In the garden of the Grand Hotel Rimini, sporting directors came and went like moths among the whisperings and the champagne and the stars. For the third year in a row, Italy’s transfer window opened on the same stretch of Adriatic coastline, where the most celebrated regista (director) of them all, Andrea Pirlo Federico Fellini, was born.
Disappointingly for the film buffs waiting tables, any discussion about 8½ was limited to the loan fee that Inter Milan have agreed to pay Chelsea for Romelu Lukaku. Amid the clinking glasses, general managers like Roma’s Tiago Pinto defended their profession from comparisons with Fellini’s Vitelloni, the layabouts and slackers in a dead-end town that could be Serie A. “I’m right in thinking the window only opened yesterday, aren’t I?” he smiled while introducing the club’s new back-up goalkeeper Mile Svilar to the media.
Svilar was out of contract at Benfica and isn’t alone in moving to Serie A on a Bosman. The next player Pinto unveiled on Monday was Nemanja Matic, a curious twist of fate if you recall that Manchester United-Benfica game at Old Trafford five years ago when his shot hit the post, ricocheted off Svilar’s back and went in.
Jose Mourinho was the home side’s manager at the time and the remnants of the last United team to win a trophy are spread throughout the league. Matic replaces Henrikh Mkhitaryan, who turned down the new contract Roma were offering to follow the footsteps of his old captain Edin Dzeko in moving to Inter, where “Mkhi” becomes the first Armenian ever to play for the club — unless, of course, you count France international Youri Djorkaeff.
Activity has not been lacking, then. A lot of the yellow-ticker, we-interrupt-this-programme business has come in Serie A this summer with Lukaku returning to Inter for next to nothing and Paul Pogba set to do the same with Juventus, at least in fees, after leaving for a combined €225 million.
While it is undoubtedly a coup to bring the league’s former MVP back to San Siro just a year after he left and the deja vu is palpable in seeing a World Cup winner return on a free transfer a decade on from the last one that enabled him to move to Turin, it would be wrong to categorise either as a low-cost operation. Lukaku’s lawyer Sebastien Ladure insists he doesn’t understand where reports of his client taking a wage cut come from and that “Big Rom” is now the highest-paid player in Serie A.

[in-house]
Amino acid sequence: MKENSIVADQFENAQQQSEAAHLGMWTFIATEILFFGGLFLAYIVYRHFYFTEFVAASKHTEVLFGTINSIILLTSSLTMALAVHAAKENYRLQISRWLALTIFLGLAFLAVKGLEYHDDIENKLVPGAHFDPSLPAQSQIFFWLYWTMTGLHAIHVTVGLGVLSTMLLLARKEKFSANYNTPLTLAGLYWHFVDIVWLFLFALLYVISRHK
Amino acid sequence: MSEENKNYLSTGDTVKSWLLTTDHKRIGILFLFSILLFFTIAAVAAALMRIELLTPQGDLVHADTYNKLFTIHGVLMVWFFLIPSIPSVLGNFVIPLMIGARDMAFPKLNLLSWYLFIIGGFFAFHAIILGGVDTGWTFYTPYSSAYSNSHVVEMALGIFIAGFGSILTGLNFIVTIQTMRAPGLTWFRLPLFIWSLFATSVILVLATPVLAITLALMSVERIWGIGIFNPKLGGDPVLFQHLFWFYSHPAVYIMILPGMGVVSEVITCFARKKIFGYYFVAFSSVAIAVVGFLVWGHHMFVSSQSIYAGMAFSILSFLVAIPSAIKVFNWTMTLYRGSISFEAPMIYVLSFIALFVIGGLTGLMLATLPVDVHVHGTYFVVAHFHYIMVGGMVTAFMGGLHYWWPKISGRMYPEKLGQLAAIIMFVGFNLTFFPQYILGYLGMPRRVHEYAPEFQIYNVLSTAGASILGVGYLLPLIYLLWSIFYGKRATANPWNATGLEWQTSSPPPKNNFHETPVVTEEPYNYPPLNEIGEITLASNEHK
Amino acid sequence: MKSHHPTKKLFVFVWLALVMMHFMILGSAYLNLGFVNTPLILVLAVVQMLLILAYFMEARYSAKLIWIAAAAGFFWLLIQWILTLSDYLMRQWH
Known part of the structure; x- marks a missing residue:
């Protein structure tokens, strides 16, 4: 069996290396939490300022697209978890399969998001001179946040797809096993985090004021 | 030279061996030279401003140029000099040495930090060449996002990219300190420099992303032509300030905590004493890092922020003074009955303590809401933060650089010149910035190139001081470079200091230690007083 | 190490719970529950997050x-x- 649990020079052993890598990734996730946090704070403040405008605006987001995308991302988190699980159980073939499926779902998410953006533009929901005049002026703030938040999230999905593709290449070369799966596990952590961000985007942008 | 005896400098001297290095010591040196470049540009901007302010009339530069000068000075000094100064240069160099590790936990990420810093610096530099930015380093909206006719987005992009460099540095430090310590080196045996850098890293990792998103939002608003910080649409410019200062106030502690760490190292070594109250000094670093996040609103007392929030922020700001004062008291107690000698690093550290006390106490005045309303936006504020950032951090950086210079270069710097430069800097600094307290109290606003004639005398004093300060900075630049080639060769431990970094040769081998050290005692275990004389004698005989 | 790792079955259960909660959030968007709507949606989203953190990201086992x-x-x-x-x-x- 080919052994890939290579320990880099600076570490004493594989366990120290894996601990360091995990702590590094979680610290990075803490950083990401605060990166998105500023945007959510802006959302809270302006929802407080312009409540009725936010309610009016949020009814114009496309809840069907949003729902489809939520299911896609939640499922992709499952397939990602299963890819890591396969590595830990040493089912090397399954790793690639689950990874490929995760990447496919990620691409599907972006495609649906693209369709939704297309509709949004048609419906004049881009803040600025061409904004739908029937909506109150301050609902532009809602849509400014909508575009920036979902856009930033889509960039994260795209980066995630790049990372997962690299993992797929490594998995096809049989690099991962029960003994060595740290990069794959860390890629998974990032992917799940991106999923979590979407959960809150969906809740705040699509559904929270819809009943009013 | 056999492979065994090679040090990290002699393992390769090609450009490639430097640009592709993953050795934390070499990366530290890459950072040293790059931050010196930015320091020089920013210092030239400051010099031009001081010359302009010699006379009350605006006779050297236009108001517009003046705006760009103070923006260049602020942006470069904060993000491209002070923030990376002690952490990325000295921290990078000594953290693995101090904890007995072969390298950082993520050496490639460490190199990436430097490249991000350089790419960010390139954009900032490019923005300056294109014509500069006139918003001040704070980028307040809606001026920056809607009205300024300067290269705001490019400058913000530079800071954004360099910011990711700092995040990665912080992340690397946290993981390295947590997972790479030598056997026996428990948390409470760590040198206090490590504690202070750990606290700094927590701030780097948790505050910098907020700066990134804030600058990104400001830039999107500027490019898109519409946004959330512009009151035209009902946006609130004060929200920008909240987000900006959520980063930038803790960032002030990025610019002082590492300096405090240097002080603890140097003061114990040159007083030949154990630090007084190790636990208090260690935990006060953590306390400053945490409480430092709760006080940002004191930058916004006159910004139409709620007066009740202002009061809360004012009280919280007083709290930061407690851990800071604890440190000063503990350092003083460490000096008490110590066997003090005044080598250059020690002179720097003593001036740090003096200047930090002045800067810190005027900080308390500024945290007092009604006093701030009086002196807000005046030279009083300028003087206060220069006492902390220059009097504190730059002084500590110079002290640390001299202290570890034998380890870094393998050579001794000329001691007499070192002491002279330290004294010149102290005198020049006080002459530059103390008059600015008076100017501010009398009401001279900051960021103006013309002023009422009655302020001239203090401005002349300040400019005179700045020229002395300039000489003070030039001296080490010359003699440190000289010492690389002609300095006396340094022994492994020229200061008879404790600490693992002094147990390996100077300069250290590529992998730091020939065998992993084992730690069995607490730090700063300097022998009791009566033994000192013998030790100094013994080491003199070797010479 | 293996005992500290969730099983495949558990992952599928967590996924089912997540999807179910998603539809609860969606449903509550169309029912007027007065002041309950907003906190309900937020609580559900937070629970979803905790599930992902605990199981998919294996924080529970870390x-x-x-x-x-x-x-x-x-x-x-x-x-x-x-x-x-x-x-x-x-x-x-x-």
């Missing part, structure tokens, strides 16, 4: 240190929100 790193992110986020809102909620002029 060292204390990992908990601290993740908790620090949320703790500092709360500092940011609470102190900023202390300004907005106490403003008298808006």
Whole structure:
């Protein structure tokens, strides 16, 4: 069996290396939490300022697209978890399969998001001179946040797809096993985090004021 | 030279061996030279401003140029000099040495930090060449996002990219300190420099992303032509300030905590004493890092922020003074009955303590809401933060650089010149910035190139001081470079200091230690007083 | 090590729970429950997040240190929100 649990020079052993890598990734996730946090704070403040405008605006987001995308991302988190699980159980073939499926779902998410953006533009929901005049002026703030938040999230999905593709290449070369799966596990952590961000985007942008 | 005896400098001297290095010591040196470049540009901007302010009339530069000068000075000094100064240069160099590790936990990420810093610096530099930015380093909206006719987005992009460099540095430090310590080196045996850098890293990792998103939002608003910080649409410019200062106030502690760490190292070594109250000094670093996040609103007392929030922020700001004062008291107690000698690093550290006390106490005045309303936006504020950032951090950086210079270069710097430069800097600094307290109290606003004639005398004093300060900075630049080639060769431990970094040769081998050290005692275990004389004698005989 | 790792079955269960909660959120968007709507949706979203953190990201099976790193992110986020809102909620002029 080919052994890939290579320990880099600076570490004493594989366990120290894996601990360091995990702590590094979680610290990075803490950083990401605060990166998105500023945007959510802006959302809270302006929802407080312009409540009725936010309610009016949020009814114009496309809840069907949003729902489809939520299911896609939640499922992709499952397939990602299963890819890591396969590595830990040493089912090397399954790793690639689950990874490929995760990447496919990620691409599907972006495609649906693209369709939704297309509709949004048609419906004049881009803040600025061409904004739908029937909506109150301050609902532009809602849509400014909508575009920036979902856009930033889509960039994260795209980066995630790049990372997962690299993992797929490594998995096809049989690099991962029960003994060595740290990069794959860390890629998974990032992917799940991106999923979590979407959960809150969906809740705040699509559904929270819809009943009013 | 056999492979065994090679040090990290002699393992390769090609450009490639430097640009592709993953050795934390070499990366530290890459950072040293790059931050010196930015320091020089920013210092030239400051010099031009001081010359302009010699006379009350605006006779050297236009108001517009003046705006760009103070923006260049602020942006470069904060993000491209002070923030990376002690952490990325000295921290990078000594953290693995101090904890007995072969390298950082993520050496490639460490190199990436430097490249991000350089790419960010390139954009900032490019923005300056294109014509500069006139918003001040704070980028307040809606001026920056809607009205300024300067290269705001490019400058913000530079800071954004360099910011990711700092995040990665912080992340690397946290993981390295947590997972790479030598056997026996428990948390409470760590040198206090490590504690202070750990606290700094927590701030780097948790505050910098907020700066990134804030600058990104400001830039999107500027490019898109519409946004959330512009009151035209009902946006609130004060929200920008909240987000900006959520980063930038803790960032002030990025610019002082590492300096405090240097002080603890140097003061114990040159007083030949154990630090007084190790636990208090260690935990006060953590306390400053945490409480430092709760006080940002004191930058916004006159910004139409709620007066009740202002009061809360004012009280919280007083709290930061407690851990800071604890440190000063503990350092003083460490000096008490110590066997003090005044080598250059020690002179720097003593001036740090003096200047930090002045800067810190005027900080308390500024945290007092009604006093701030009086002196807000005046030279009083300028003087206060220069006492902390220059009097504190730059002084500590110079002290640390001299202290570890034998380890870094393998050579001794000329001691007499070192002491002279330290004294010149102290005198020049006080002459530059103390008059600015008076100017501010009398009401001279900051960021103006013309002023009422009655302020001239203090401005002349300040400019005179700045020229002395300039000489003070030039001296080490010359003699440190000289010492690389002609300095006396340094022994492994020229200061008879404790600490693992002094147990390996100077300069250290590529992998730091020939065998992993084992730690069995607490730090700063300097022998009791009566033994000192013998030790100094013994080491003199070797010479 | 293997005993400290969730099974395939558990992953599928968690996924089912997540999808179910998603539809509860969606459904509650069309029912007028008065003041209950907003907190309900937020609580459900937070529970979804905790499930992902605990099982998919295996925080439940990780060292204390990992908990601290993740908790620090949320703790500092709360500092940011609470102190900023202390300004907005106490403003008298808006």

Inter are paying around €25 million between loan fee and salary knowing “all” they’ll get in return are goals as Lukaku remains under Chelsea’s control, with no option to buy included in the deal. As for Pogba, the Frenchman is expected to sign for approximately the same pay packet as the one Paulo Dybala requested, despite missing more game time at United (80 games!) than his former team-mate and good friend did these past three years at Juventus.
Minestra riscaldata (reheated soup) is being served. The taste test in Italian football tends to show it’s never as good as the first time. Rather than send it back to the kitchen, the hope is that second helpings will still be nutritious enough to make Inter and Juventus stronger. Encouragement comes, of course, from Zlatan Ibrahimovic, who may not have been quite as fresh as he was in 2011 but still contributed to Milan winning the league 11 years after his first Scudetto with the club.
While the Swede recovers from the ACL repair he needed after six months of training and occasionally playing without one, Milan found another free agent in Divock Origi to compete with the team’s other forwards and deliver some of the big goals that made him such a cult hero at Liverpool.